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It May Be Time To Drop Your Annual Marketing Strategy

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It’s that time of year when many people are solidifying their annual plans for the upcoming year.

Early in my career, my company required me to submit annual forecasts for the next five years of sales for our accounts! In the fast-moving world of today, that might seem strange but just how far into the future should we plan? How much is it POSSIBLE to plan today?

Here is my company marketing strategy: Assess, React and Shift.

Every month.

No annual marketing strategy? That sounds pretty weird coming from a professional marketing strategist, doesn’t it?

But we are in a crazy, crazy world. Not only are the marketing platforms changing all the time, the rules of engagement are changing, too.

  • For example, the founders of Twitter never dreamed of the many creative and amazing ways Twitter is being used. It is the de facto “second screen” for TV viewing. It a powerful research tool. It is where news breaks. It has added powerful new advertising features. I could go on and on.
  • In the last year, Pinterest has emerged as a successful source of blog traffic.
  • Instagram has become a popular way to promote recipes in the last few months.
  • Snapchat is now being used to deliver daily deals and coupons.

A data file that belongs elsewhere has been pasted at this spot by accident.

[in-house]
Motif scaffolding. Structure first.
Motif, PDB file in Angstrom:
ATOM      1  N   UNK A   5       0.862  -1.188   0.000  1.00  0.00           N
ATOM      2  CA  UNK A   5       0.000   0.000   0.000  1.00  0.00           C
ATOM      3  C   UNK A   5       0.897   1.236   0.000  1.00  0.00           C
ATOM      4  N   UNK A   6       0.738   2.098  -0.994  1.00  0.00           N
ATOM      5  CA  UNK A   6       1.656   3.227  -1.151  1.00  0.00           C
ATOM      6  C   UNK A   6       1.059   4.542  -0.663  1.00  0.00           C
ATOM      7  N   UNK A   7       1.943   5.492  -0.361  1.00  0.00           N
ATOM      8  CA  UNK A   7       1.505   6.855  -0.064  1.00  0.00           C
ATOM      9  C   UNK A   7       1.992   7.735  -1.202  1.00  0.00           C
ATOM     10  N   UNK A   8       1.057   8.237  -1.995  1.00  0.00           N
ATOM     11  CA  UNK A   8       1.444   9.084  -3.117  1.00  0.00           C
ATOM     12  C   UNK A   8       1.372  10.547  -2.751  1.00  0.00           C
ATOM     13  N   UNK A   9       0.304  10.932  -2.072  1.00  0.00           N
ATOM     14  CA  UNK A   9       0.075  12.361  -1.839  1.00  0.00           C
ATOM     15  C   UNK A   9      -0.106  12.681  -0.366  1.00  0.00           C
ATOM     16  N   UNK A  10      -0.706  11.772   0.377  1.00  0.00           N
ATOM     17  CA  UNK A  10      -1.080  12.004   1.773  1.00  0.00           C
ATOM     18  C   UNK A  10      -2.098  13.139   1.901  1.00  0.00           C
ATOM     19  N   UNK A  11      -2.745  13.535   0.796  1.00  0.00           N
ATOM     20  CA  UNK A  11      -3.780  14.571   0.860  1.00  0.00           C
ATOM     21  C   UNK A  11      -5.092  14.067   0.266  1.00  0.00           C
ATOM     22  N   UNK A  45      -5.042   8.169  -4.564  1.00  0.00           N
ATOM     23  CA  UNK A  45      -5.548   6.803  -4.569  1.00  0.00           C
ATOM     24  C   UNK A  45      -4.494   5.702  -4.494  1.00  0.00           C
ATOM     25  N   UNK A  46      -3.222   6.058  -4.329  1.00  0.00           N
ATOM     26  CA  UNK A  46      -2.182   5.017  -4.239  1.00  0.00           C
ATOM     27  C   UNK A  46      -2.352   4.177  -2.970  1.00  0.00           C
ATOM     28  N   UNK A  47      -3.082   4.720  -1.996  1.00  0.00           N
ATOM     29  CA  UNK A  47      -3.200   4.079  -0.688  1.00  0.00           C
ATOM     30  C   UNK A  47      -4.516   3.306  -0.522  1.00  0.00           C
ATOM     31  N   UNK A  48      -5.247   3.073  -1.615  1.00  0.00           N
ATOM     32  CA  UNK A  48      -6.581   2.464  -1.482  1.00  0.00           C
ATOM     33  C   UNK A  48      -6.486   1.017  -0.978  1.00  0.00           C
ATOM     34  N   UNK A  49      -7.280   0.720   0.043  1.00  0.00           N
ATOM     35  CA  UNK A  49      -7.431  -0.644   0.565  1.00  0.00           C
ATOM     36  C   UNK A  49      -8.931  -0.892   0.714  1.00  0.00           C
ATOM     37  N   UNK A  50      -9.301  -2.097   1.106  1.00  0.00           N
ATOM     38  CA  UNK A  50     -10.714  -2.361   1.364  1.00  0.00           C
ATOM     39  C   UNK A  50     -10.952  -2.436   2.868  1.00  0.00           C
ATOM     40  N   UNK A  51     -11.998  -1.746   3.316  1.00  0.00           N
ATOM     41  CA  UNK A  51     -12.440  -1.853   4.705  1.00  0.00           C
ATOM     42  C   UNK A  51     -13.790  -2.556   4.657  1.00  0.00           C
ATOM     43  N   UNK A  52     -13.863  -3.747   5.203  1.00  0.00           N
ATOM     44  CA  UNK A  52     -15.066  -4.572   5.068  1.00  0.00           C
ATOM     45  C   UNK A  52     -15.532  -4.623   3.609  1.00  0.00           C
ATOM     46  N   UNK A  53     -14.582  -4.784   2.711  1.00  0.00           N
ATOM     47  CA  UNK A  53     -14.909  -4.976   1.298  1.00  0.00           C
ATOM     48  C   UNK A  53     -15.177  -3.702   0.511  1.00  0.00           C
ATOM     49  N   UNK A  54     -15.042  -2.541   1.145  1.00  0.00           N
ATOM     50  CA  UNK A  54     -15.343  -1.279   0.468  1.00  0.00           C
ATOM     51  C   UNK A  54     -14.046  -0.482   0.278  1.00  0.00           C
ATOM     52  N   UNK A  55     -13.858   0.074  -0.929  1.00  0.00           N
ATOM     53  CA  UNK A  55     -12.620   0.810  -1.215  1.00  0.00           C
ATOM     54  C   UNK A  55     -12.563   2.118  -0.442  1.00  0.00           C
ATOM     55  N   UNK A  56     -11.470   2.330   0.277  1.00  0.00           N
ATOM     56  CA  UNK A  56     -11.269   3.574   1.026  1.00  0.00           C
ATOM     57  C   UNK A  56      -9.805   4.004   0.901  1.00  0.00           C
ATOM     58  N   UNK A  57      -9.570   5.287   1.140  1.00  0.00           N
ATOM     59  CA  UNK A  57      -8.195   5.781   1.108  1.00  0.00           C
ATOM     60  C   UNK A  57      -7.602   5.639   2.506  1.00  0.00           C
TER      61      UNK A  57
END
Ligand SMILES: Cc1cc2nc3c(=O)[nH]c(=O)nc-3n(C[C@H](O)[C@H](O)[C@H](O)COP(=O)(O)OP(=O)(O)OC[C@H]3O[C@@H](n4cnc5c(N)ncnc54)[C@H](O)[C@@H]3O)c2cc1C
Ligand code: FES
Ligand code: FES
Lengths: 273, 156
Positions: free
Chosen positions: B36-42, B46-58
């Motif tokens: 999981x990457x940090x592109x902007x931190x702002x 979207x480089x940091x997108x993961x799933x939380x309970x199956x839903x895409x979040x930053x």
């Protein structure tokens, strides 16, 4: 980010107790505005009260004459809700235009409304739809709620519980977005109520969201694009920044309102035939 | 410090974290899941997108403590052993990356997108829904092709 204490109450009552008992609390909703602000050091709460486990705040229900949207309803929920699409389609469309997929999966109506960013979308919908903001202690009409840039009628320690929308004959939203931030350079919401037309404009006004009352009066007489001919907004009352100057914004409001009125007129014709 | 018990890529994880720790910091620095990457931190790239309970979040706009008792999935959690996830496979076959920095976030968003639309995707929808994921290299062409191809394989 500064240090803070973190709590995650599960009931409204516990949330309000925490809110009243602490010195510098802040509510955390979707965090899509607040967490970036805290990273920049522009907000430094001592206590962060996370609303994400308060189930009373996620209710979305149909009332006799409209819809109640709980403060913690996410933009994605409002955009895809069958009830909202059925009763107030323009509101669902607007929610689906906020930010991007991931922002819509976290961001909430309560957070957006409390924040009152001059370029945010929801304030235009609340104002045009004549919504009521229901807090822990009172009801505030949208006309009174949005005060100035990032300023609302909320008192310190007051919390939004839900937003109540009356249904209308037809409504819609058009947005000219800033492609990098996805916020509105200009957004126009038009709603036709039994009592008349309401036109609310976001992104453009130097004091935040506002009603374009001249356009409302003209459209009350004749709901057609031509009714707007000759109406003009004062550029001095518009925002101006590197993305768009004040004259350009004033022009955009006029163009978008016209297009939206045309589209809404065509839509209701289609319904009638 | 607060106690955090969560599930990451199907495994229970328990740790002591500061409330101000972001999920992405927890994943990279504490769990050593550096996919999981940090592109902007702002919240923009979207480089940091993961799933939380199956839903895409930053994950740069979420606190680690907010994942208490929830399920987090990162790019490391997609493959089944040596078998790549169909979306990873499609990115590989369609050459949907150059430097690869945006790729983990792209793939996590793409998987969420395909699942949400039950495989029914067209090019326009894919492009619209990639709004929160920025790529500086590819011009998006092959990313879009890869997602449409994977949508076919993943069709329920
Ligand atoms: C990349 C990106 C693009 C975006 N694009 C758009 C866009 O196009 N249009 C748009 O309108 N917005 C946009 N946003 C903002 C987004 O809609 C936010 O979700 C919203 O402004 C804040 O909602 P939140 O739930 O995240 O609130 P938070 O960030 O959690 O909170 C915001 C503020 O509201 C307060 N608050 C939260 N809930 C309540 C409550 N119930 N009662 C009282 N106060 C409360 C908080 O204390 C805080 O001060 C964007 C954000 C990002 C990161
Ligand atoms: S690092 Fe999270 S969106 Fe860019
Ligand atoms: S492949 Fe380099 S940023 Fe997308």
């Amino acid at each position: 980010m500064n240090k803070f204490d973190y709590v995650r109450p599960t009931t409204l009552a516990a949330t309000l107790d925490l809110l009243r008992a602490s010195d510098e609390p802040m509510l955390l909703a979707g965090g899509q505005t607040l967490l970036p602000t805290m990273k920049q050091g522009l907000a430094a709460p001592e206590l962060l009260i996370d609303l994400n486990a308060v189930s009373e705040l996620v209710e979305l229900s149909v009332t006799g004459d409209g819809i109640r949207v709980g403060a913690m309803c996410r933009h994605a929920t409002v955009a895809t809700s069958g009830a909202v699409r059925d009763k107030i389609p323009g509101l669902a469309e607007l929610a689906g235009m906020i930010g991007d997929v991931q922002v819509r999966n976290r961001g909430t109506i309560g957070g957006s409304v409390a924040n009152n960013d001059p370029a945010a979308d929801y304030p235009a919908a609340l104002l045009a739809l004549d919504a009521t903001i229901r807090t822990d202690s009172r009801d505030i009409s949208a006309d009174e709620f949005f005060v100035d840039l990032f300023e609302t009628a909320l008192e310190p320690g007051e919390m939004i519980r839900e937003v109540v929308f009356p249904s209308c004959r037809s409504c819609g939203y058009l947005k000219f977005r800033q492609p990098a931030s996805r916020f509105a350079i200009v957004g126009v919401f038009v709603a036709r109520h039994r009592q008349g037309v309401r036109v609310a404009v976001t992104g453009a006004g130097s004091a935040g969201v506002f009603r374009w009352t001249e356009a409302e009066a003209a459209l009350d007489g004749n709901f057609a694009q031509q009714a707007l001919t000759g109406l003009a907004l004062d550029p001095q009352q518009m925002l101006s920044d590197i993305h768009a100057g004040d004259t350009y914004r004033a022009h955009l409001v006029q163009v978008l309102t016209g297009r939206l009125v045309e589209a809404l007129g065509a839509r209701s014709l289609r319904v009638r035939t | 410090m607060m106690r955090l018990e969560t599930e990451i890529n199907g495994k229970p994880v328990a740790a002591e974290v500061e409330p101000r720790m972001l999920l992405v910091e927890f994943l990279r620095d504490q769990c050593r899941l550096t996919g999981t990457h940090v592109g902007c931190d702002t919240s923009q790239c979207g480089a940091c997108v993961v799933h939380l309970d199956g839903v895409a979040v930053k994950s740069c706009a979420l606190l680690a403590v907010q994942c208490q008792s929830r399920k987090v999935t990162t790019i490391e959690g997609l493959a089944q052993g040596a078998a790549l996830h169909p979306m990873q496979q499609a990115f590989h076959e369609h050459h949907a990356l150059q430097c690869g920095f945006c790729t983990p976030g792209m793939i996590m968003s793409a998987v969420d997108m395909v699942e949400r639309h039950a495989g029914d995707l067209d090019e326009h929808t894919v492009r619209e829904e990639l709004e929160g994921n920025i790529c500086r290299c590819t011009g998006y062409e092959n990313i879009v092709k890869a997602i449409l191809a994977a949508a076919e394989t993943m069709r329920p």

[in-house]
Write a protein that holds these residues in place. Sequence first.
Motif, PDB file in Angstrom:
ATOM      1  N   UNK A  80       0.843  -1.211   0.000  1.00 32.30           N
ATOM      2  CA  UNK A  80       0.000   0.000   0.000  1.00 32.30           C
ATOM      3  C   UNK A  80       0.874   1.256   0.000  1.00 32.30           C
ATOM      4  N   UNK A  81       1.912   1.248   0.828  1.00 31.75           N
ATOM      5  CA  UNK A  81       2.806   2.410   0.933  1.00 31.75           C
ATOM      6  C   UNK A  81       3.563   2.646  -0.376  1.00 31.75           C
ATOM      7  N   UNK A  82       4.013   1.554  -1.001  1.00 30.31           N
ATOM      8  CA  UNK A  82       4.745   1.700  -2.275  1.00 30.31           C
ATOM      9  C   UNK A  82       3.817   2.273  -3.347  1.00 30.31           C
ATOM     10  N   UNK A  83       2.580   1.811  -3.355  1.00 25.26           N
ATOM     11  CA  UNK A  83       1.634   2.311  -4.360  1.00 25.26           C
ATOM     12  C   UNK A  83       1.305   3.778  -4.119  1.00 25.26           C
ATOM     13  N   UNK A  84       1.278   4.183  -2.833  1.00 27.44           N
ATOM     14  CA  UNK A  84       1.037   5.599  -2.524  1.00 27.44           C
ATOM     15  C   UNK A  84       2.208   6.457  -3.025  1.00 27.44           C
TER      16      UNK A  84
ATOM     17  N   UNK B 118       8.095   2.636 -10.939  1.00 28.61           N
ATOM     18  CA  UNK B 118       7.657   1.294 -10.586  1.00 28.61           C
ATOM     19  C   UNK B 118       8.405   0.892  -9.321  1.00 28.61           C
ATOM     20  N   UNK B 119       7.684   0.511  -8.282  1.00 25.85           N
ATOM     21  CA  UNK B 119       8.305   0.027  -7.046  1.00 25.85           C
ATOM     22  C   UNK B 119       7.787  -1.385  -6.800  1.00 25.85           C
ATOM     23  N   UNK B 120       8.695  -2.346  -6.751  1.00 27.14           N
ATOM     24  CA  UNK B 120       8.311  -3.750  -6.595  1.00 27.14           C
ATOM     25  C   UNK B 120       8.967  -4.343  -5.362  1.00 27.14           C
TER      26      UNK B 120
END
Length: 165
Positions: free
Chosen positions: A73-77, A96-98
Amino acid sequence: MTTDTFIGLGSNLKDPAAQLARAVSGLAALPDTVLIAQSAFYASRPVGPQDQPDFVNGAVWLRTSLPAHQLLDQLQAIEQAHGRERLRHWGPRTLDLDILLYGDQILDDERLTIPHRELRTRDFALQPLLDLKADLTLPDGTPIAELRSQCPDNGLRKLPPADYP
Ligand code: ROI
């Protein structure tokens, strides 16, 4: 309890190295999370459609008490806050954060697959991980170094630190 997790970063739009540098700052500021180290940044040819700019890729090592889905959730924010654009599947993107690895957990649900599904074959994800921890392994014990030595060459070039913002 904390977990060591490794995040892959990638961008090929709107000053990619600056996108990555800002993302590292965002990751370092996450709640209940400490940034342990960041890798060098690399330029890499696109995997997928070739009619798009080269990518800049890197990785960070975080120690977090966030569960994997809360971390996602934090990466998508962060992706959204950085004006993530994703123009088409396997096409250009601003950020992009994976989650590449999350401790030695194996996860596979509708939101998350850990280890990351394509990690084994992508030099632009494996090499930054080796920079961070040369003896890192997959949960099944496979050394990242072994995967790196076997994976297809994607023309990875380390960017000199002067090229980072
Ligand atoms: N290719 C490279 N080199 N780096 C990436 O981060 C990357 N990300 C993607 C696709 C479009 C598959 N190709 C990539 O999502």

• I even heard of new ways the dating site match.com is being cleverly used as a social media marketing channel!

My point is, if we are locked into any kind of a long-term social media marketing strategy, we risk rapid obsolescence, or at least overlooking new opportunities.

A better model for strategic planning

A more accurate model for strategic marketing planning is an American football game.

In a football game, a primary method of advancing the ball is to hand the ball to a strong and swift player called a running back. The idea is to create a “hole” in the defense so the the running back can take advantage of the opportuniy to sprint through and pick up as much ground as he can until the competition eventually stops the advance.

marketing strategy

Before the game, the team has a general outline of what needs to be done to win, but adjustments are made continually throughout the game. In fact, after each play, the team re-groups to consider where another hole might be created.

I think this is how we need to think about business strategy today. As long as we are in the game, we need to be looking for “holes” or points of strategic leverage. We need to charge through those holes as fast as we can and gain ground until the competition figures it out, whether that is a few months or a few years.

Meanwhile … even as this is happening … we need to be looking for the next hole, the next point of leverage. Strategy development becomes a continuous process.

A three dimensional strategy model

This is very different from the popular Porter five forces model of sustainable competitive advantage. But then again, Michael Porter’s company went bankrupt in 2012! Maybe we all need to look at things differently.

Like the running back running through a hole, our successful strategy is three-dimensional, a function of:

SPACE — What is the point of strategic leverage?

TIME — How long will the space exist?

SPEED — How fast can we run though the gap and maintain the pace ahead of our competitors?

In an ideal world, a strategic committee would review these dimensions constantly and revise as needed depending on the structure of the business.

How does this idea land on you? Unnerving? On target? Wrong? Let me know in the comment section.